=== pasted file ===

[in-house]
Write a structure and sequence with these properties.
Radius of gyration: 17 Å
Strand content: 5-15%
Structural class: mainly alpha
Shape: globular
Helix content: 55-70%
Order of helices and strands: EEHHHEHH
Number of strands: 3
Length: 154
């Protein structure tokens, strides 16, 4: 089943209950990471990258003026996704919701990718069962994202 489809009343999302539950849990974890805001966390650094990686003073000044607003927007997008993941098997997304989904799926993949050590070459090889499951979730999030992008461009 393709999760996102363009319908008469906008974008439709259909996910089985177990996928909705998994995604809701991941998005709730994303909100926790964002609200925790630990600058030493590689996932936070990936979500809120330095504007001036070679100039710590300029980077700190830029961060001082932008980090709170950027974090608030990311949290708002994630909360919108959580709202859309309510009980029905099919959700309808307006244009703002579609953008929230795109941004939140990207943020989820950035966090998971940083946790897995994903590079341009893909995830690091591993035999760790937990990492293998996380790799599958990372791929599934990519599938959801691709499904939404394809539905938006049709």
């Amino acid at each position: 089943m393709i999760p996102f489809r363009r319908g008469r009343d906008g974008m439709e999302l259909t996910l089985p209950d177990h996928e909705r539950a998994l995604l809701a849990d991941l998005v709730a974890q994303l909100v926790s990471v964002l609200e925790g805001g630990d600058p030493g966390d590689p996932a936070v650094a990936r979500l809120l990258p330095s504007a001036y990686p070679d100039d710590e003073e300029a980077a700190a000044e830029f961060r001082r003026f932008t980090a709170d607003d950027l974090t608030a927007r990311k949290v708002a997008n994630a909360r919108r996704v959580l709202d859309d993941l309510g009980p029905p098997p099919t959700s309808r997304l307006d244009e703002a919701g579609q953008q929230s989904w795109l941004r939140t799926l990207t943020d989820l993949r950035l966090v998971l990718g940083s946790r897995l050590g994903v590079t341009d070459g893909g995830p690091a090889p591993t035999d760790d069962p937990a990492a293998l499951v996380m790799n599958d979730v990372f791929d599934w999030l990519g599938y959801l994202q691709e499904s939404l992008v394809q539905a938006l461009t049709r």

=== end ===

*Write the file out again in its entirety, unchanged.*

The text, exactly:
[in-house]
Write a structure and sequence with these properties.
Radius of gyration: 17 Å
Strand content: 5-15%
Structural class: mainly alpha
Shape: globular
Helix content: 55-70%
Order of helices and strands: EEHHHEHH
Number of strands: 3
Length: 154
């Protein structure tokens, strides 16, 4: 089943209950990471990258003026996704919701990718069962994202 489809009343999302539950849990974890805001966390650094990686003073000044607003927007997008993941098997997304989904799926993949050590070459090889499951979730999030992008461009 393709999760996102363009319908008469906008974008439709259909996910089985177990996928909705998994995604809701991941998005709730994303909100926790964002609200925790630990600058030493590689996932936070990936979500809120330095504007001036070679100039710590300029980077700190830029961060001082932008980090709170950027974090608030990311949290708002994630909360919108959580709202859309309510009980029905099919959700309808307006244009703002579609953008929230795109941004939140990207943020989820950035966090998971940083946790897995994903590079341009893909995830690091591993035999760790937990990492293998996380790799599958990372791929599934990519599938959801691709499904939404394809539905938006049709």
């Amino acid at each position: 089943m393709i999760p996102f489809r363009r319908g008469r009343d906008g974008m439709e999302l259909t996910l089985p209950d177990h996928e909705r539950a998994l995604l809701a849990d991941l998005v709730a974890q994303l909100v926790s990471v964002l609200e925790g805001g630990d600058p030493g966390d590689p996932a936070v650094a990936r979500l809120l990258p330095s504007a001036y990686p070679d100039d710590e003073e300029a980077a700190a000044e830029f961060r001082r003026f932008t980090a709170d607003d950027l974090t608030a927007r990311k949290v708002a997008n994630a909360r919108r996704v959580l709202d859309d993941l309510g009980p029905p098997p099919t959700s309808r997304l307006d244009e703002a919701g579609q953008q929230s989904w795109l941004r939140t799926l990207t943020d989820l993949r950035l966090v998971l990718g940083s946790r897995l050590g994903v590079t341009d070459g893909g995830p690091a090889p591993t035999d760790d069962p937990a990492a293998l499951v996380m790799n599958d979730v990372f791929d599934w999030l990519g599938y959801l994202q691709e499904s939404l992008v394809q539905a938006l461009t049709r």